Model identification of Russian hunting shotguns that were exported through official channels is usually very easy. Most guns proudly bear their model designations stamped on the action or barrel(s). Sometimes, however, it’s a tricky thing (if you need help with identifying or dating your Russian shotgun, click here and leave a comment). This is a query I recently received from a very knowlegeable Russian gun enthusiast in Pakistan:
Sir, please confirm the model
Nothing is written on it like IJ-58 or anything else😏
At first sight, there does seem to be much in the way of model ID, but, like Sherlock Holmes used to say, it will take me more time to explain how I arrived at my conclusion from evidence than it actually took me to identify this gun.Yet, why don’t we go through this step by step, to see how it’s done:
This gun was made in the USSR. The evidence is the remains of the words to this effect on the left side of the frame:
And the Soviet (Russian) proof marks, which also tell us the gun was made by the Izhevsk Mechanical Plant – the “arrow in shield” is its signature stamp.
There’s only one Russian side-by-side shotgun with a semi-circular stock to action joint, and this is Izh-58. Eurica? Not yet. There were four generations of this model, known under three different names: 58, 58M and 58MA, and knowing which specific submodel this gun is would help us to narrow down its possible mfg date.
It is perfectly clear that this gun is either M or MA. Izh-58 had “bolsters” – the parts of the breech that stand out of the action to support the barrels – that had a semi-cylindrical, rather than semi-spheric, as in this example, shape. (In the first years of production, Izh-58 had semi-oval, rather than semi-circular, stock-action joint as well).
The difference between M and MA is mostly in the inside, and can be determined by a click of the safety – in MA it is, as the model letters suggest, automatic. But this isn’t reliable, as many users converted the safety to non-automatic. But let’s look attentively to the place where the model designation should have been, and we’ll see some of the remains of it, and it sure looks like it used to say “Model Izh 58 MA”.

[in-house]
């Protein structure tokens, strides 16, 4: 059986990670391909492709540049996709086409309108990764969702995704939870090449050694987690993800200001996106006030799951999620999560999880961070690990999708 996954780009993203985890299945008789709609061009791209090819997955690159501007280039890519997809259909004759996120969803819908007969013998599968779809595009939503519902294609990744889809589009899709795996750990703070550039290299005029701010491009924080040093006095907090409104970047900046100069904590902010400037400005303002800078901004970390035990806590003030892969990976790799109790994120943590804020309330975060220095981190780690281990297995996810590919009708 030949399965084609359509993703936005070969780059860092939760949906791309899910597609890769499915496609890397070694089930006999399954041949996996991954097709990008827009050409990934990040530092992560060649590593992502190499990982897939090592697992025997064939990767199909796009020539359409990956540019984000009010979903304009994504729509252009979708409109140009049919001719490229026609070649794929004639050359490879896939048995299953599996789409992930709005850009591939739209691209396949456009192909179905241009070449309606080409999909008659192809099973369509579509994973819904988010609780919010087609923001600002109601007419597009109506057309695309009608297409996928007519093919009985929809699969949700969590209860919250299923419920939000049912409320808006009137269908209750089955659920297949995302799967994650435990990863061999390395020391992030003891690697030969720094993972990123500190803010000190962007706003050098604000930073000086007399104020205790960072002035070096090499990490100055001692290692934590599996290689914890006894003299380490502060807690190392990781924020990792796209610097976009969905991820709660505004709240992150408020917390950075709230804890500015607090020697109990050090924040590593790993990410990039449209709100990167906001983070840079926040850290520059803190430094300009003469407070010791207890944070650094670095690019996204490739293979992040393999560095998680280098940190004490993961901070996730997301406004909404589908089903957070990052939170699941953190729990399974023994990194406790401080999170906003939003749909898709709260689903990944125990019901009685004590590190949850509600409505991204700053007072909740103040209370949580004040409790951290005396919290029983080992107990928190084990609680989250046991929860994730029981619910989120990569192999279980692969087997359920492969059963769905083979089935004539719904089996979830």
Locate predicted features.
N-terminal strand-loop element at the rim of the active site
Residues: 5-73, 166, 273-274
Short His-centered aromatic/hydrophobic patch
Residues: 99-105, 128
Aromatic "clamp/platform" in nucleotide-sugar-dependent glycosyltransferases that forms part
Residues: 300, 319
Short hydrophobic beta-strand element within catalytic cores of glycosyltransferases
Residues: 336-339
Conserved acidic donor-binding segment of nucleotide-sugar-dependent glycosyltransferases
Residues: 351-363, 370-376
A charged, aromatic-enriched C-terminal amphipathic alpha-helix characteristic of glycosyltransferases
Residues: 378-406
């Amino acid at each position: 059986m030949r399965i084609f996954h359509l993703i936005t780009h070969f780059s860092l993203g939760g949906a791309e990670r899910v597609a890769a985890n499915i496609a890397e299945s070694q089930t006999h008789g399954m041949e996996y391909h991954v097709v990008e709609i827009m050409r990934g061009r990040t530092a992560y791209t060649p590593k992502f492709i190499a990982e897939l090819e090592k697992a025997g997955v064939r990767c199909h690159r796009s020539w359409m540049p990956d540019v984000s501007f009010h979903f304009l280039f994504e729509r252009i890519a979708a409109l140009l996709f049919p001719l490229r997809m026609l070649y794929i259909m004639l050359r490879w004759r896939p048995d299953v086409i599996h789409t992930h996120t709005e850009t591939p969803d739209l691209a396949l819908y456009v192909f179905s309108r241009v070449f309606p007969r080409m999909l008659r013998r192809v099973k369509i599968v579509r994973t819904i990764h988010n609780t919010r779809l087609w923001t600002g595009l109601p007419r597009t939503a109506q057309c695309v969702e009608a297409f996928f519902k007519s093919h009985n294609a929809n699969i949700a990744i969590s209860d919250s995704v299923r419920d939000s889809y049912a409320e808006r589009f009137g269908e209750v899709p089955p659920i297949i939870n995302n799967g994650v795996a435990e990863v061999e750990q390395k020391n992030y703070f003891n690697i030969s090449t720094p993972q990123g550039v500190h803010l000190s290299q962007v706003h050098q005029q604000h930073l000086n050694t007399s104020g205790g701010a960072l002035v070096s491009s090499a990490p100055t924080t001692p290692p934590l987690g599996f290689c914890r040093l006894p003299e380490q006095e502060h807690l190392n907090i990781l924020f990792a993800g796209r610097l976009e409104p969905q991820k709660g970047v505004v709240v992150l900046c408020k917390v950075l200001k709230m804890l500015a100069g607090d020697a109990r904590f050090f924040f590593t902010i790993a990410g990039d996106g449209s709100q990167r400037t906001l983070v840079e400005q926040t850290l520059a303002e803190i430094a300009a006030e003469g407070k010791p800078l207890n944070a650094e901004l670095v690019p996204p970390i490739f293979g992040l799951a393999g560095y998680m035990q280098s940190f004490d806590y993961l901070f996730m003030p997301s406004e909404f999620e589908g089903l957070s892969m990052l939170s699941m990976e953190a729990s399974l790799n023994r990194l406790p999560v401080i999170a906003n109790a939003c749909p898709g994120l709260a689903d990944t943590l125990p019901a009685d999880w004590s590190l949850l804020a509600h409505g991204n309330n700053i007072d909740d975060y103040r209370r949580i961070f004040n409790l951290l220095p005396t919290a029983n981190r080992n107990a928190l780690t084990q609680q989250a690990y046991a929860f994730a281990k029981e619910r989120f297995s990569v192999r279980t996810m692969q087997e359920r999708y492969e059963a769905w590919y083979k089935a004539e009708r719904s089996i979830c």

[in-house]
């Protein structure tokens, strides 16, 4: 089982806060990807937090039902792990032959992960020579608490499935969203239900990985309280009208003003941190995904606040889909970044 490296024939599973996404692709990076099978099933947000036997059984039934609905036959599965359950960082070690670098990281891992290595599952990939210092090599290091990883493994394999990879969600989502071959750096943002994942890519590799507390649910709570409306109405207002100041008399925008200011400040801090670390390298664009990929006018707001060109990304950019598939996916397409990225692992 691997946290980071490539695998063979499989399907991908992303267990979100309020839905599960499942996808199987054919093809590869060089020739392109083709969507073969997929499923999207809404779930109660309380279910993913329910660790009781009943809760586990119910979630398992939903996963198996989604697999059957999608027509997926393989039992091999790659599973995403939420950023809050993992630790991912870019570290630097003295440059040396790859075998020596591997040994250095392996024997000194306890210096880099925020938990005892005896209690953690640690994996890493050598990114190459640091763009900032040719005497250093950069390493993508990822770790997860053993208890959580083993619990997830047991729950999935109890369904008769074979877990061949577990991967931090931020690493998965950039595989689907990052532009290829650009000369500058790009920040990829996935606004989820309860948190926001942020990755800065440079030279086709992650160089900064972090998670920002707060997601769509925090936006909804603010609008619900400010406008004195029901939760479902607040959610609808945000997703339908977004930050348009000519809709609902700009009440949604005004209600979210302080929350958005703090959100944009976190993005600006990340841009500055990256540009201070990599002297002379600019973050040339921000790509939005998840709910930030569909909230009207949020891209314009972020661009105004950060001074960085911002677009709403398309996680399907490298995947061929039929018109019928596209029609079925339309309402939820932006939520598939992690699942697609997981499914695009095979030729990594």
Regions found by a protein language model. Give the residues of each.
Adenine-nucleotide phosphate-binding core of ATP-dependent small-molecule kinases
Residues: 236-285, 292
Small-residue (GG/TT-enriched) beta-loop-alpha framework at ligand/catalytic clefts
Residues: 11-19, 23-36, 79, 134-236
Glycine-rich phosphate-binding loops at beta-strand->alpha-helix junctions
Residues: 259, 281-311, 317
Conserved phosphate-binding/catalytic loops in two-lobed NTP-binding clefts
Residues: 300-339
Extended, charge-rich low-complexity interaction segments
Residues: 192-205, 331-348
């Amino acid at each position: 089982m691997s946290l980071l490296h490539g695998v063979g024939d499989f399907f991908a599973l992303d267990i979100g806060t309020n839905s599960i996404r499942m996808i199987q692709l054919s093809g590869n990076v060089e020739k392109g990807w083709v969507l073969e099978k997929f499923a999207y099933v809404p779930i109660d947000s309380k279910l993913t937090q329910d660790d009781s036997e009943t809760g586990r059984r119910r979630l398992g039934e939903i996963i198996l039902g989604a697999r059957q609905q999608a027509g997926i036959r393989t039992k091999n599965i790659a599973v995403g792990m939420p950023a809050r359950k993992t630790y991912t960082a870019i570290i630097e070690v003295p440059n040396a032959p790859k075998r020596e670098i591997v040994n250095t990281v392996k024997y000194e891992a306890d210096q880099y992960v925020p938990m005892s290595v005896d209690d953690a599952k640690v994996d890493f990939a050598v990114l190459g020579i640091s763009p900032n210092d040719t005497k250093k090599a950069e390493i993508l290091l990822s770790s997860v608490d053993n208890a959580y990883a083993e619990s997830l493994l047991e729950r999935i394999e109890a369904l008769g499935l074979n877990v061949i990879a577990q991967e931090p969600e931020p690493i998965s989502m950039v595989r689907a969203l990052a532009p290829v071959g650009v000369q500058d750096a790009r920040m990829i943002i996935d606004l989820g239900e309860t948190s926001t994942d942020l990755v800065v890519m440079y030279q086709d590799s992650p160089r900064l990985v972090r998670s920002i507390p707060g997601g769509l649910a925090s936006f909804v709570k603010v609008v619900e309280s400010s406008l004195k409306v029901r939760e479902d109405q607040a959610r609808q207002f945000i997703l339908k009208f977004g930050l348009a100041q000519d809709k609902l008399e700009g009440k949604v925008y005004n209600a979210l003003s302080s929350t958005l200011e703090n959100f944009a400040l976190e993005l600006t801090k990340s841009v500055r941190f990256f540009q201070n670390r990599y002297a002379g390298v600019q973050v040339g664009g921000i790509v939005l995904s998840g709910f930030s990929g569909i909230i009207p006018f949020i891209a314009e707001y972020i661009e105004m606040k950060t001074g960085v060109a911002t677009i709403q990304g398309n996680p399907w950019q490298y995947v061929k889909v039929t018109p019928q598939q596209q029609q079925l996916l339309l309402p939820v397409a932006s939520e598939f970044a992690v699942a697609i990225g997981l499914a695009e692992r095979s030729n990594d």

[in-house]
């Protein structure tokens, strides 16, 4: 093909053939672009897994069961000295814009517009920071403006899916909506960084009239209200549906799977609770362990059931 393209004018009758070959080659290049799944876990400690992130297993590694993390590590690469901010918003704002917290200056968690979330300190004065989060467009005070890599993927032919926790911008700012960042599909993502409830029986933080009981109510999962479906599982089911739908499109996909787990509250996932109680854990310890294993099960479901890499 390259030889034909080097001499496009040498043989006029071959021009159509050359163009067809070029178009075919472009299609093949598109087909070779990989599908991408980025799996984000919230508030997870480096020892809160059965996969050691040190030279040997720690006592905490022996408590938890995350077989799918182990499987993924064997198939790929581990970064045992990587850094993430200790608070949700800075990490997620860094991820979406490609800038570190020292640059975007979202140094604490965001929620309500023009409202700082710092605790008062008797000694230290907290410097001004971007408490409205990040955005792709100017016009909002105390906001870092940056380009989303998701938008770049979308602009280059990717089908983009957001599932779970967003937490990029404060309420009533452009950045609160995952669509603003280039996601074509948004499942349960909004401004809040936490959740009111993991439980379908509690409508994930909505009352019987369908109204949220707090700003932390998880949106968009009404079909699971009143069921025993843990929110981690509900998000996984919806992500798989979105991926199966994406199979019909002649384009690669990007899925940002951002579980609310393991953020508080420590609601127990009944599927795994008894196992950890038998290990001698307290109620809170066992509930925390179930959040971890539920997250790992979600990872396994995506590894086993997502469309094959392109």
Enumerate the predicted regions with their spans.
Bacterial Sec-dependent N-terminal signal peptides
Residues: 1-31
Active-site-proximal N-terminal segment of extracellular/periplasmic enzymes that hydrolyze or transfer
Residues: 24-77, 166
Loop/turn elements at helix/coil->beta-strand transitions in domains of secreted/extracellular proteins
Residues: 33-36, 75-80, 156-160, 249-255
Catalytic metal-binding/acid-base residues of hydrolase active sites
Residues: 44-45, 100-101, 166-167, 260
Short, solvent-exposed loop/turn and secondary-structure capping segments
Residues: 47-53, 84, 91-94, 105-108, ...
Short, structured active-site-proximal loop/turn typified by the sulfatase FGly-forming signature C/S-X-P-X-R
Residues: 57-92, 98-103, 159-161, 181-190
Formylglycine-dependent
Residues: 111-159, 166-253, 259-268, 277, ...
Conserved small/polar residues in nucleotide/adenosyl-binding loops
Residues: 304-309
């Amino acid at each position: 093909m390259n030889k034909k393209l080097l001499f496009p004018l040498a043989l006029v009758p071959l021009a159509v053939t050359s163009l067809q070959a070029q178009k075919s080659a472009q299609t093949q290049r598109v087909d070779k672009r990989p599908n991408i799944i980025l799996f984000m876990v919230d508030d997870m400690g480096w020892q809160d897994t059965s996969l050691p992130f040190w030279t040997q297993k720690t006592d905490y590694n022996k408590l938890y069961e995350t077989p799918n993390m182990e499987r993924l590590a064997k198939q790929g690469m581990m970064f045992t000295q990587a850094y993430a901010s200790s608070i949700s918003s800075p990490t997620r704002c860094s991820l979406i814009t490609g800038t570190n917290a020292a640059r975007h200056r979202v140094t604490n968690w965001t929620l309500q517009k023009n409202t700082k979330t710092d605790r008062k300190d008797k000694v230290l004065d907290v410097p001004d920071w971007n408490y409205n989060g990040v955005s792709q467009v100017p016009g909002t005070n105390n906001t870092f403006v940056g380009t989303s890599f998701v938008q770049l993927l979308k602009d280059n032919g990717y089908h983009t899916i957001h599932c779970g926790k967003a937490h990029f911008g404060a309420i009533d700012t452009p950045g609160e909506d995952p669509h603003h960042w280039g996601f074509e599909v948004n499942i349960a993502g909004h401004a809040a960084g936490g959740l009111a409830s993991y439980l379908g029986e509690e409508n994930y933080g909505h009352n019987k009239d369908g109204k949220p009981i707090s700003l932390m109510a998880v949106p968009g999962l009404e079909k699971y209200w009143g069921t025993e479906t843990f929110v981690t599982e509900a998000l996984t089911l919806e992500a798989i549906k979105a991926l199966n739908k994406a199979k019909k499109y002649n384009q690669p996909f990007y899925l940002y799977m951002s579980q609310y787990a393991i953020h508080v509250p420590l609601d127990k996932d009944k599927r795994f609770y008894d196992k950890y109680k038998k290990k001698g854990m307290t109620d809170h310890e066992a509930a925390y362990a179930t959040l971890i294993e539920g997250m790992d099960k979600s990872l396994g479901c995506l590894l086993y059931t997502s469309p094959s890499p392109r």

So, this gun was made some time between 1976 and 1986. The letter A on the rear locking lug seems to suggest 1976 as the mfg date, but it’s hard to say, because the serial No on the lug is almost invisible (filed off?).
As a sidenote, the bottom of the gun’s action is missing the “Soviet sign of quality” – which confrims it being Export grade. The Soviet sign of quality happened to precisely match Dodge logo, and so it would be a big copyright issue if guns with these image were sold. I expect some relegious people would be reluctant to wear a gun with a pentagram on it, too.
The problem with model ID of this gun, as a matter of fact, come down to years of hard use and substandard gunsmithing it saw. It’s hard to wear out a roll-stamped engraving from wear alone, so I suspect someone at some point sanded the action (perhaps as a re-bluing project). All screws are misaligned, and I think I see a piece of foil sticking out from under the hinge pin – which would indicate a homemade attempt to fix loose barrels. The serial number on the action doesn’t seem to match the one on the rear lump, and the letter on the action is not from Cyrillic alphabeth, so God only knows what amount of repair works this gun underwent.
However, in spite of all abuse, this gun still goes bang and, in some parts of the world, is considered a perfectly usable and even desirable hunting weapon. That’s what they love Russian guns for.